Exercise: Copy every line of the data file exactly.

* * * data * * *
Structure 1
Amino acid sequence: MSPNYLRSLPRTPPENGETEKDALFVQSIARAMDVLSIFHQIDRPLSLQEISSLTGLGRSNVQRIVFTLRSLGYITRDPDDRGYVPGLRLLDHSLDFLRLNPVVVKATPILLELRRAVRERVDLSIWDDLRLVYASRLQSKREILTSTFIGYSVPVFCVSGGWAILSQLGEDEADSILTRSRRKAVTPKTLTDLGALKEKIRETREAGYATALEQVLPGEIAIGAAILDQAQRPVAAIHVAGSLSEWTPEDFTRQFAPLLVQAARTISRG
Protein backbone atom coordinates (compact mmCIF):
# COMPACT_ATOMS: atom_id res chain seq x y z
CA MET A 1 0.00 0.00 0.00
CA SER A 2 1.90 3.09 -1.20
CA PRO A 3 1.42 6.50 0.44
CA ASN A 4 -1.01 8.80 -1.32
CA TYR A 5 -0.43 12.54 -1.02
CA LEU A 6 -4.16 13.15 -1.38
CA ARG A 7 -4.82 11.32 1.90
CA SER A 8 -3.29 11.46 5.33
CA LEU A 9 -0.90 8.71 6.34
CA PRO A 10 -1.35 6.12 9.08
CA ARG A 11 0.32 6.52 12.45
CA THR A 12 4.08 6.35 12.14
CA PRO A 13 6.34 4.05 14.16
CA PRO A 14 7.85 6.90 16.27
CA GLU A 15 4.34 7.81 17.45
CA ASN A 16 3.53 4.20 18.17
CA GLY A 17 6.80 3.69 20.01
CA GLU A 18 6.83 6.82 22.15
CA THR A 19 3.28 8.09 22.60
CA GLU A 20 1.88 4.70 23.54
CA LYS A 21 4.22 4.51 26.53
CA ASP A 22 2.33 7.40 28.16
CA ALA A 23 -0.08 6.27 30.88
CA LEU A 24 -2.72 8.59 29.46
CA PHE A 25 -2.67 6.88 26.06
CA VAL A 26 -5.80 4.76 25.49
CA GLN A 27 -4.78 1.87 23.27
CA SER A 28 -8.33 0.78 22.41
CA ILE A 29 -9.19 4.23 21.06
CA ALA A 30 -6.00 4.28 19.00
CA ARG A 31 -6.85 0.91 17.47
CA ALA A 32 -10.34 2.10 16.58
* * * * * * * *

Structure 1
Amino acid sequence: MSPNYLRSLPRTPPENGETEKDALFVQSIARAMDVLSIFHQIDRPLSLQEISSLTGLGRSNVQRIVFTLRSLGYITRDPDDRGYVPGLRLLDHSLDFLRLNPVVVKATPILLELRRAVRERVDLSIWDDLRLVYASRLQSKREILTSTFIGYSVPVFCVSGGWAILSQLGEDEADSILTRSRRKAVTPKTLTDLGALKEKIRETREAGYATALEQVLPGEIAIGAAILDQAQRPVAAIHVAGSLSEWTPEDFTRQFAPLLVQAARTISRG
Protein backbone atom coordinates (compact mmCIF):
# COMPACT_ATOMS: atom_id res chain seq x y z
CA MET A 1 0.00 0.00 0.00
CA SER A 2 1.90 3.09 -1.20
CA PRO A 3 1.42 6.50 0.44
CA ASN A 4 -1.01 8.80 -1.32
CA TYR A 5 -0.43 12.54 -1.02
CA LEU A 6 -4.16 13.15 -1.38
CA ARG A 7 -4.82 11.32 1.90
CA SER A 8 -3.29 11.46 5.33
CA LEU A 9 -0.90 8.71 6.34
CA PRO A 10 -1.35 6.12 9.08
CA ARG A 11 0.32 6.52 12.45
CA THR A 12 4.08 6.35 12.14
CA PRO A 13 6.34 4.05 14.16
CA PRO A 14 7.85 6.90 16.27
CA GLU A 15 4.34 7.81 17.45
CA ASN A 16 3.53 4.20 18.17
CA GLY A 17 6.80 3.69 20.01
CA GLU A 18 6.83 6.82 22.15
CA THR A 19 3.28 8.09 22.60
CA GLU A 20 1.88 4.70 23.54
CA LYS A 21 4.22 4.51 26.53
CA ASP A 22 2.33 7.40 28.16
CA ALA A 23 -0.08 6.27 30.88
CA LEU A 24 -2.72 8.59 29.46
CA PHE A 25 -2.67 6.88 26.06
CA VAL A 26 -5.80 4.76 25.49
CA GLN A 27 -4.78 1.87 23.27
CA SER A 28 -8.33 0.78 22.41
CA ILE A 29 -9.19 4.23 21.06
CA ALA A 30 -6.00 4.28 19.00
CA ARG A 31 -6.85 0.91 17.47
CA ALA A 32 -10.34 2.10 16.58